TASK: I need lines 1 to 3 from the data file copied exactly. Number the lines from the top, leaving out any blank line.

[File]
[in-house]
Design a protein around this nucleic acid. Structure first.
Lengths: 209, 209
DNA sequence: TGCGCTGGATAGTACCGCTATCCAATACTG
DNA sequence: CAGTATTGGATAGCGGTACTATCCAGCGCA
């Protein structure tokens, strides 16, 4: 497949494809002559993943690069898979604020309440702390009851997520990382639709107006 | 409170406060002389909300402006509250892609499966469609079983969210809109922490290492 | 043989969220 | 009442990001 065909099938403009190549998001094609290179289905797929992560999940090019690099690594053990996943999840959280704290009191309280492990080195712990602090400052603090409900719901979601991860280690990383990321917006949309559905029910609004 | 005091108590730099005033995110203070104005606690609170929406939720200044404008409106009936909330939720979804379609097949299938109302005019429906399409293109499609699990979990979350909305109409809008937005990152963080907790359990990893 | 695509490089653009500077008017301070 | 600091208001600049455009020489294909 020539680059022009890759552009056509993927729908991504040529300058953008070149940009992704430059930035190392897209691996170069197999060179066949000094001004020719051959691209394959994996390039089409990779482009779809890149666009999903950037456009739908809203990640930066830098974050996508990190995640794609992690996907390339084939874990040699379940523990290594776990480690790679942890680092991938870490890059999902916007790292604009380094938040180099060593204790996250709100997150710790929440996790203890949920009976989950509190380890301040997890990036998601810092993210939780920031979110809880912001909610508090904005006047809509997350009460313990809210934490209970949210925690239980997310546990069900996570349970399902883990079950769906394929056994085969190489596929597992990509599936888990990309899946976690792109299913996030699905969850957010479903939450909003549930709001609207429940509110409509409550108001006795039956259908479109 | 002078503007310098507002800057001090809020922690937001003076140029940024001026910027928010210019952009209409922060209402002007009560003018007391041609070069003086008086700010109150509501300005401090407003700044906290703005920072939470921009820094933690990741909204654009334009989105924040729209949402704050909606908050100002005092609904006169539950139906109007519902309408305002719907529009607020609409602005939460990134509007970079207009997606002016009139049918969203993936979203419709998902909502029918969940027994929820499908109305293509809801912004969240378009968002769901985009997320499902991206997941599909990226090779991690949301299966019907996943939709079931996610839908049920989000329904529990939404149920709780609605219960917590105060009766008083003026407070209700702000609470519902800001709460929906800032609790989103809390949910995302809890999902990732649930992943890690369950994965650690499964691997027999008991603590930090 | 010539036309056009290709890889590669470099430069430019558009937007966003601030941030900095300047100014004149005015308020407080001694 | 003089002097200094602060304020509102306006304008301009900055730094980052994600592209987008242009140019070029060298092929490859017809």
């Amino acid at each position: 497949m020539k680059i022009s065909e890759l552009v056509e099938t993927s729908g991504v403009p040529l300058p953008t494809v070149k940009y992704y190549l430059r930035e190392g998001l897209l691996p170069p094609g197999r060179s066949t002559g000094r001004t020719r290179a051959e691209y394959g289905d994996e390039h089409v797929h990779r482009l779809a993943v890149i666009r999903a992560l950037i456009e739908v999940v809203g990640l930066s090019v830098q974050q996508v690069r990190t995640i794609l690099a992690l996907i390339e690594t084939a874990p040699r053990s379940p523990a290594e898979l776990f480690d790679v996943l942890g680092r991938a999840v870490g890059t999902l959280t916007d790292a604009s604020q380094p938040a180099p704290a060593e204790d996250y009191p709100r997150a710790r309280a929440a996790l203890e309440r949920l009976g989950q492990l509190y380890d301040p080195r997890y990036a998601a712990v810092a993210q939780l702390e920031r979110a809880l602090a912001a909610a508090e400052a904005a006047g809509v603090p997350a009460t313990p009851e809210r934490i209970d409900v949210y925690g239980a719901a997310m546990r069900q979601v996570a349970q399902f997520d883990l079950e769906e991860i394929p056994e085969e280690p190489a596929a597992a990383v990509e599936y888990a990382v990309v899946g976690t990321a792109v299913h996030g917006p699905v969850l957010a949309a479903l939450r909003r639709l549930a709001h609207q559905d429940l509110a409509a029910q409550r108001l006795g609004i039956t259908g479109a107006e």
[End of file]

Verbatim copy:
[in-house]
Design a protein around this nucleic acid. Structure first.
Lengths: 209, 209